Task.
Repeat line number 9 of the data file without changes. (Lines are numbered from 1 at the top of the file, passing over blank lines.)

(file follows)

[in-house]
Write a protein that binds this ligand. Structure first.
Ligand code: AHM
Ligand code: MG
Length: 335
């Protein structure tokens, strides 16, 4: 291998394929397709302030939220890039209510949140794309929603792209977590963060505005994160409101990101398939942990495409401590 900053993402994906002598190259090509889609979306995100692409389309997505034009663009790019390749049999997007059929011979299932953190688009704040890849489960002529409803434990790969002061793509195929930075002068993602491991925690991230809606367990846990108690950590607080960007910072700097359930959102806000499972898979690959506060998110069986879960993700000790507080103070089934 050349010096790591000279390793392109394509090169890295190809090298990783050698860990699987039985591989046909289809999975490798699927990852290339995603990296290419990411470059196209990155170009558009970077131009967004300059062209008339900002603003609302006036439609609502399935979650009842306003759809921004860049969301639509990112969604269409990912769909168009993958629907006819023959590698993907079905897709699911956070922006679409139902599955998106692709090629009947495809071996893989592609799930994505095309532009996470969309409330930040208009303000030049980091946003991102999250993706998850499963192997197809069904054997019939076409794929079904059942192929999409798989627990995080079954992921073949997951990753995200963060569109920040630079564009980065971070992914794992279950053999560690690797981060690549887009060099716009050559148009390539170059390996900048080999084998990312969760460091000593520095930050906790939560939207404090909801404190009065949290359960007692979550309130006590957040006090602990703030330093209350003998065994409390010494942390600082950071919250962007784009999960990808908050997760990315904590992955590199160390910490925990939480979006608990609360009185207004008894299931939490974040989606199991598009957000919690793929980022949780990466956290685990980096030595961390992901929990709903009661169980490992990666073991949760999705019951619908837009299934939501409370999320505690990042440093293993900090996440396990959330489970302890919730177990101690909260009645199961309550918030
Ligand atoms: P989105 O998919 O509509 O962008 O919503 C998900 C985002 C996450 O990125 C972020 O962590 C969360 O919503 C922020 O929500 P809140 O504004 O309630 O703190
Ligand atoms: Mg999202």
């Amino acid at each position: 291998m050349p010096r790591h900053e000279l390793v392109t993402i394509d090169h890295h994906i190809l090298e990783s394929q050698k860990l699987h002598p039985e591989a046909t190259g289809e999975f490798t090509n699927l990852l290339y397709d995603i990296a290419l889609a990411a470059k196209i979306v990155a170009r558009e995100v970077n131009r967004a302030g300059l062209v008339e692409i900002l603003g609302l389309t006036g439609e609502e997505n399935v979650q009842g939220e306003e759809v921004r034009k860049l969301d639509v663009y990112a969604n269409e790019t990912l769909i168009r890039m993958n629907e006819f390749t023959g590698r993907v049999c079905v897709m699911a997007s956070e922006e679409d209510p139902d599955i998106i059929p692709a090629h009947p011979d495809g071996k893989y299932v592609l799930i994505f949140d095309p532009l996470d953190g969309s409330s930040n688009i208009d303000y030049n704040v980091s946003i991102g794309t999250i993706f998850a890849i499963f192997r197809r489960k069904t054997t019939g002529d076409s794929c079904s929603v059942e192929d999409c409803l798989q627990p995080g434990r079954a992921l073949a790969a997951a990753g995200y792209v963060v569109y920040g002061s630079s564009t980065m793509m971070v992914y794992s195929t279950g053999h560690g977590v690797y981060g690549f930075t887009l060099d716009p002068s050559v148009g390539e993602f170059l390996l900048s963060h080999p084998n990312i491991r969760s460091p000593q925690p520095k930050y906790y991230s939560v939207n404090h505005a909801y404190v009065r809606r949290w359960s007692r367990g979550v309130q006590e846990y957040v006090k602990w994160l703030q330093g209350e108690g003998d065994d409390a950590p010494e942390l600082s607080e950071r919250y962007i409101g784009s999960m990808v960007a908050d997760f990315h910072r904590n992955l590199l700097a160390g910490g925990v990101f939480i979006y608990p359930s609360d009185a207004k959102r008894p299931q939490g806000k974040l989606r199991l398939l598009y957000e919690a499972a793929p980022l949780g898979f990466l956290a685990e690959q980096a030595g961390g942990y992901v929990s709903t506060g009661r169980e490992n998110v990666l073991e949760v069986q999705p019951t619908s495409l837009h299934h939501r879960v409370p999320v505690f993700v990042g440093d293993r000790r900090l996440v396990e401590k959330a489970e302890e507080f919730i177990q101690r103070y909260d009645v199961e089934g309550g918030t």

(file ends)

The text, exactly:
């Amino acid at each position: 291998m050349p010096r790591h900053e000279l390793v392109t993402i394509d090169h890295h994906i190809l090298e990783s394929q050698k860990l699987h002598p039985e591989a046909t190259g289809e999975f490798t090509n699927l990852l290339y397709d995603i990296a290419l889609a990411a470059k196209i979306v990155a170009r558009e995100v970077n131009r967004a302030g300059l062209v008339e692409i900002l603003g609302l389309t006036g439609e609502e997505n399935v979650q009842g939220e306003e759809v921004r034009k860049l969301d639509v663009y990112a969604n269409e790019t990912l769909i168009r890039m993958n629907e006819f390749t023959g590698r993907v049999c079905v897709m699911a997007s956070e922006e679409d209510p139902d599955i998106i059929p692709a090629h009947p011979d495809g071996k893989y299932v592609l799930i994505f949140d095309p532009l996470d953190g969309s409330s930040n688009i208009d303000y030049n704040v980091s946003i991102g794309t999250i993706f998850a890849i499963f192997r197809r489960k069904t054997t019939g002529d076409s794929c079904s929603v059942e192929d999409c409803l798989q627990p995080g434990r079954a992921l073949a790969a997951a990753g995200y792209v963060v569109y920040g002061s630079s564009t980065m793509m971070v992914y794992s195929t279950g053999h560690g977590v690797y981060g690549f930075t887009l060099d716009p002068s050559v148009g390539e993602f170059l390996l900048s963060h080999p084998n990312i491991r969760s460091p000593q925690p520095k930050y906790y991230s939560v939207n404090h505005a909801y404190v009065r809606r949290w359960s007692r367990g979550v309130q006590e846990y957040v006090k602990w994160l703030q330093g209350e108690g003998d065994d409390a950590p010494e942390l600082s607080e950071r919250y962007i409101g784009s999960m990808v960007a908050d997760f990315h910072r904590n992955l590199l700097a160390g910490g925990v990101f939480i979006y608990p359930s609360d009185a207004k959102r008894p299931q939490g806000k974040l989606r199991l398939l598009y957000e919690a499972a793929p980022l949780g898979f990466l956290a685990e690959q980096a030595g961390g942990y992901v929990s709903t506060g009661r169980e490992n998110v990666l073991e949760v069986q999705p019951t619908s495409l837009h299934h939501r879960v409370p999320v505690f993700v990042g440093d293993r000790r900090l996440v396990e401590k959330a489970e302890e507080f919730i177990q101690r103070y909260d009645v199961e089934g309550g918030t």